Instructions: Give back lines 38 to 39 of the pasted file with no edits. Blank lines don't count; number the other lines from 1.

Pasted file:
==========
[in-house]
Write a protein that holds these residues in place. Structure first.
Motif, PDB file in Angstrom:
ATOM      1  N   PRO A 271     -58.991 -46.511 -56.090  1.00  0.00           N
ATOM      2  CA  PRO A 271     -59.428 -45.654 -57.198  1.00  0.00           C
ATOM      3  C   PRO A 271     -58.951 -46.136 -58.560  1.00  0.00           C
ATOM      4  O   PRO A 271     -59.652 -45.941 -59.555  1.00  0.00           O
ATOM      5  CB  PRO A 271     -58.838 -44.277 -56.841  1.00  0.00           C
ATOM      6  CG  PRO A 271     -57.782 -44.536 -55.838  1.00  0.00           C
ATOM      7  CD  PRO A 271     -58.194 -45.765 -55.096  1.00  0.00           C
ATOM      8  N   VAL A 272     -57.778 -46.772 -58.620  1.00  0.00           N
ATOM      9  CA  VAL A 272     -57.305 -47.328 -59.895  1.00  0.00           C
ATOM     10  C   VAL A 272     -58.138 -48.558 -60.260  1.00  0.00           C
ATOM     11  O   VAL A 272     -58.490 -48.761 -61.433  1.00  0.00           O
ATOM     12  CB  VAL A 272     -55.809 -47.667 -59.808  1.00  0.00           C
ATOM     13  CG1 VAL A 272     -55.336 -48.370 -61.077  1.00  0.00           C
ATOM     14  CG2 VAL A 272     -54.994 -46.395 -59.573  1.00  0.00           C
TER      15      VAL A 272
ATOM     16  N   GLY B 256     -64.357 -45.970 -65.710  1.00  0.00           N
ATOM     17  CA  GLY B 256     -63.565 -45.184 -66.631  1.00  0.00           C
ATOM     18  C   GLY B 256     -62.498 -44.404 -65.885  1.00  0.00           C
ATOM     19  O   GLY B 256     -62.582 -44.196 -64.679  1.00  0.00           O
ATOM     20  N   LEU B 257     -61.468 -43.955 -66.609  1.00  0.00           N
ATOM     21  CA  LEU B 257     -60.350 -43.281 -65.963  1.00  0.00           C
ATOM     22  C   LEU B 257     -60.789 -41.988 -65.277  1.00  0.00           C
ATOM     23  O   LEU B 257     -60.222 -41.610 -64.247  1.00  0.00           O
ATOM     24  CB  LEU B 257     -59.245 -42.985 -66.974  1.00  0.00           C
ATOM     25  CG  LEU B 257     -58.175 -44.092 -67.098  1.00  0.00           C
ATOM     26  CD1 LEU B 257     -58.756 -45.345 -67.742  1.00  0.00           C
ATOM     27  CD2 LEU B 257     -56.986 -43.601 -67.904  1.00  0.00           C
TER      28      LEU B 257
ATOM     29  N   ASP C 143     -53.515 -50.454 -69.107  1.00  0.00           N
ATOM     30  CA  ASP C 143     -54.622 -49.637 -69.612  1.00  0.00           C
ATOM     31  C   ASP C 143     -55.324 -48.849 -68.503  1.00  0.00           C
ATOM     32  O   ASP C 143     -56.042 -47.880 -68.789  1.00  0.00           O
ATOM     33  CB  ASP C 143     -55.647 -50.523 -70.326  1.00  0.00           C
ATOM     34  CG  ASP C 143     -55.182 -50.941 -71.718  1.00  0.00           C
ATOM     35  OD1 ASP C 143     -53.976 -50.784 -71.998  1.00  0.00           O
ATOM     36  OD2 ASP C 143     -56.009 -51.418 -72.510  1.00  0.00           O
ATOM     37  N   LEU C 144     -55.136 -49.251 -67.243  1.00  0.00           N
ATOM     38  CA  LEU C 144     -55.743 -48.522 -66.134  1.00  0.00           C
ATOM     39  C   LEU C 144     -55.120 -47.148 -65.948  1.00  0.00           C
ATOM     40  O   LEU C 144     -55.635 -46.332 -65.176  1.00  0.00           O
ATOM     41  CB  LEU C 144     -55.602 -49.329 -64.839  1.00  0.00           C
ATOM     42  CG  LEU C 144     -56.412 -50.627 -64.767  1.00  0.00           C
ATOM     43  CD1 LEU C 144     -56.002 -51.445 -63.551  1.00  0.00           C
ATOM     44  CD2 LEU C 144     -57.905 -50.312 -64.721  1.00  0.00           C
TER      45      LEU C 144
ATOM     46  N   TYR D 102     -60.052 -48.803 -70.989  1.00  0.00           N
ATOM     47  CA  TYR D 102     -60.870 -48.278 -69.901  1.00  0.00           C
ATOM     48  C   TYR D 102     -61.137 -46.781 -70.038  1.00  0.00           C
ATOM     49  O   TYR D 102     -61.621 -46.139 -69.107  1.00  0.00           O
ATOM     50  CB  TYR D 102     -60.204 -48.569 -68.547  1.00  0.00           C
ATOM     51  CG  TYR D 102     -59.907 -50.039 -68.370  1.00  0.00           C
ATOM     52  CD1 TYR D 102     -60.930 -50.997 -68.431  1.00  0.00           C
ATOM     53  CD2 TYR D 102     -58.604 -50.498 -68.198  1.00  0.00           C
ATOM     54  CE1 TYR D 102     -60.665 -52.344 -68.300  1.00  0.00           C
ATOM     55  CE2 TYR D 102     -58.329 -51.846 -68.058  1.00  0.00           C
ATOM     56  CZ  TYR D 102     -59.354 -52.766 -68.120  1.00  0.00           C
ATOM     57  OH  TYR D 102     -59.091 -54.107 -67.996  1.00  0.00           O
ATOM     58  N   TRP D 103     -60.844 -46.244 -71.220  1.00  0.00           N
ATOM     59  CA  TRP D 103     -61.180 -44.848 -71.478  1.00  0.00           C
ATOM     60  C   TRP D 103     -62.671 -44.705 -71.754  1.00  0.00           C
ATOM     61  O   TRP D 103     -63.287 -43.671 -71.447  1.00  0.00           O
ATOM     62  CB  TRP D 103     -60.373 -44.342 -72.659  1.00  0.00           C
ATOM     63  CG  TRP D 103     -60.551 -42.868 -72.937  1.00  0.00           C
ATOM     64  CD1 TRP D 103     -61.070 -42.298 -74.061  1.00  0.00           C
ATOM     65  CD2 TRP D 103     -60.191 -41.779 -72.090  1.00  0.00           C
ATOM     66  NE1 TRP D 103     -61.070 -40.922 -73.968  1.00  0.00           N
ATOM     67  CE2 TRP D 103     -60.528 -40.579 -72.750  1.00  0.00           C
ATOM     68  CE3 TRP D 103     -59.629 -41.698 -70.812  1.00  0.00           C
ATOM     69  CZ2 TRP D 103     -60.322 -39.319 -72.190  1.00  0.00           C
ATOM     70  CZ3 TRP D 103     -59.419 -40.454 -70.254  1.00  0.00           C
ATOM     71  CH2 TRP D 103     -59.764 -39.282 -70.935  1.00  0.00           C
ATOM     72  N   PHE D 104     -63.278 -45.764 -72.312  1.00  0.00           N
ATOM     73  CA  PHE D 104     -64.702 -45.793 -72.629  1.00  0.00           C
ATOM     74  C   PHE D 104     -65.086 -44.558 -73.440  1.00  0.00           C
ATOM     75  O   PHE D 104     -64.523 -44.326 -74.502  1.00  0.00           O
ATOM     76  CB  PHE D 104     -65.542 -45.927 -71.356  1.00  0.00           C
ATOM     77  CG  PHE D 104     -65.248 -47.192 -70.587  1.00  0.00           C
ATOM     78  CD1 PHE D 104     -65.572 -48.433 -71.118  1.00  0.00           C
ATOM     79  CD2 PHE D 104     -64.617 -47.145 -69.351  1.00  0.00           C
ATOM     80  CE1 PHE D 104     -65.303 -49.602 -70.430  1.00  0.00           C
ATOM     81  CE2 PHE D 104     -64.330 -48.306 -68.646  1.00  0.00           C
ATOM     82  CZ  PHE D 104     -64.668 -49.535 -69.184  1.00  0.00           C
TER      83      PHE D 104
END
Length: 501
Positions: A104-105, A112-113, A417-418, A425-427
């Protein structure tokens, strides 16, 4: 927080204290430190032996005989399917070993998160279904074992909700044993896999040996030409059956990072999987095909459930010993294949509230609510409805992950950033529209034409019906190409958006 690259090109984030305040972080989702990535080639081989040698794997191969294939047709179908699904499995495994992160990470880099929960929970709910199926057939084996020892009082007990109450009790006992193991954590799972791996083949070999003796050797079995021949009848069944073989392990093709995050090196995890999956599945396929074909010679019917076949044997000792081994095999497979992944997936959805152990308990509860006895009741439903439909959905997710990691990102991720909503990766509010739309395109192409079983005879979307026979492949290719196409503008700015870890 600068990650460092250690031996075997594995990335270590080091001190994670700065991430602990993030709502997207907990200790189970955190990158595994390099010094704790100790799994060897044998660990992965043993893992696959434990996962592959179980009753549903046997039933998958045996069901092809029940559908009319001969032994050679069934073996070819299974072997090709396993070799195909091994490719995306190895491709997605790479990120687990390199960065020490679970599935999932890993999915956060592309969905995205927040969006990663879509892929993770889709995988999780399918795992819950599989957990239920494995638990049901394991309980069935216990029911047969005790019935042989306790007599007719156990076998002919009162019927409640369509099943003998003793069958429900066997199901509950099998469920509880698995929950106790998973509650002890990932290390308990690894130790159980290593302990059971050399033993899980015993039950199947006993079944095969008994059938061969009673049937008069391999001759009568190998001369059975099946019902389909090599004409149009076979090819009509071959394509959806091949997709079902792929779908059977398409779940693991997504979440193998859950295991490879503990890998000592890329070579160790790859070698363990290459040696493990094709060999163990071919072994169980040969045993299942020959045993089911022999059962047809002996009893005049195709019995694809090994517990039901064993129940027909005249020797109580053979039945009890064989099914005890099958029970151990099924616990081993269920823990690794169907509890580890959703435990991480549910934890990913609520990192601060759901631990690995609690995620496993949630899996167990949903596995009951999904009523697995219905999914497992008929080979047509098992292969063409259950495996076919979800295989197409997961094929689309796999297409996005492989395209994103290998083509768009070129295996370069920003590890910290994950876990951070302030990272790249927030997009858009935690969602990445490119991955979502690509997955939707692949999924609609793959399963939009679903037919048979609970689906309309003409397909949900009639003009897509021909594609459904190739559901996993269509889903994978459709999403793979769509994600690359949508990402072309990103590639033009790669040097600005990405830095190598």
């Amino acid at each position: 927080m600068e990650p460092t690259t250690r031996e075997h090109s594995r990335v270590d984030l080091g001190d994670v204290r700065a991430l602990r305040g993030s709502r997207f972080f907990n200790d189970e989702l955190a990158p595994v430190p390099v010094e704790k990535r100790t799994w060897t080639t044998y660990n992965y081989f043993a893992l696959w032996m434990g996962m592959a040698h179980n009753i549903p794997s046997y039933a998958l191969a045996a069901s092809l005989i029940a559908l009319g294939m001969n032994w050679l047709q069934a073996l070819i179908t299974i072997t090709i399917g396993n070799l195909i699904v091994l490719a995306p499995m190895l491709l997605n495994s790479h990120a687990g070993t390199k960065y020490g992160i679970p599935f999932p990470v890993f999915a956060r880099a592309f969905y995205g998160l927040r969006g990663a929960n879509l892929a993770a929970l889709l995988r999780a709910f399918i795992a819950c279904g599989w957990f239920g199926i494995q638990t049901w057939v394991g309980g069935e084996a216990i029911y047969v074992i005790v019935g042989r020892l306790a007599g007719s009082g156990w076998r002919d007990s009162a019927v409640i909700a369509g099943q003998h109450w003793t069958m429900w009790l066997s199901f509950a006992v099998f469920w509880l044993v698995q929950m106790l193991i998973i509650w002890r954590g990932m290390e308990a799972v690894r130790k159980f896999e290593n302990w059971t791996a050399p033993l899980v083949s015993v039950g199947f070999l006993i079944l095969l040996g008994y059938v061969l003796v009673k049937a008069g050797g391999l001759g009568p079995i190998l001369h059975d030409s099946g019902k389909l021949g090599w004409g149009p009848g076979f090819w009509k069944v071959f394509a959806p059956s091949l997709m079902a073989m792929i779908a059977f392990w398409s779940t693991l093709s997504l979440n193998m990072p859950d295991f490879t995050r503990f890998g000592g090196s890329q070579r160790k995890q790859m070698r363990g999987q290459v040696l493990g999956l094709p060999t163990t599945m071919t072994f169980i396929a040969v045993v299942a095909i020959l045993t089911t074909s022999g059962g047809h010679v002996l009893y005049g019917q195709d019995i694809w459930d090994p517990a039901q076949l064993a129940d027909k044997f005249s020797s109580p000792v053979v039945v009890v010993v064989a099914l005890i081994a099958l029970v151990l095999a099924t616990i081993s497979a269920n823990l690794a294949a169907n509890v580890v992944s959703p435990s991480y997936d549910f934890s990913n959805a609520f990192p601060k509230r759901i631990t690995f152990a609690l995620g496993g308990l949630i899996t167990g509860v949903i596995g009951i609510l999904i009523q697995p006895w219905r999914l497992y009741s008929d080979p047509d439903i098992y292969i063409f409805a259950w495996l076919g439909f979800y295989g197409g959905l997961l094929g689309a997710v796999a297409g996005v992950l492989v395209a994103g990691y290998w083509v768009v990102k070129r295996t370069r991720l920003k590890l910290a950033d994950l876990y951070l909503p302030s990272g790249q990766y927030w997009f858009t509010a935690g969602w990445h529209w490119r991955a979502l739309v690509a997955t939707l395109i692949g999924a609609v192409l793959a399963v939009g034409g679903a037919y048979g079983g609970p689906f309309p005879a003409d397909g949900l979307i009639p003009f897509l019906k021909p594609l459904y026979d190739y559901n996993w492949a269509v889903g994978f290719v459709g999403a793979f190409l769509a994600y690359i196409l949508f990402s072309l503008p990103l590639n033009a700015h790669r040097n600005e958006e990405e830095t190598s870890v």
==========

ATOM     35  OD1 ASP C 143     -53.976 -50.784 -71.998  1.00  0.00           O
ATOM     36  OD2 ASP C 143     -56.009 -51.418 -72.510  1.00  0.00           O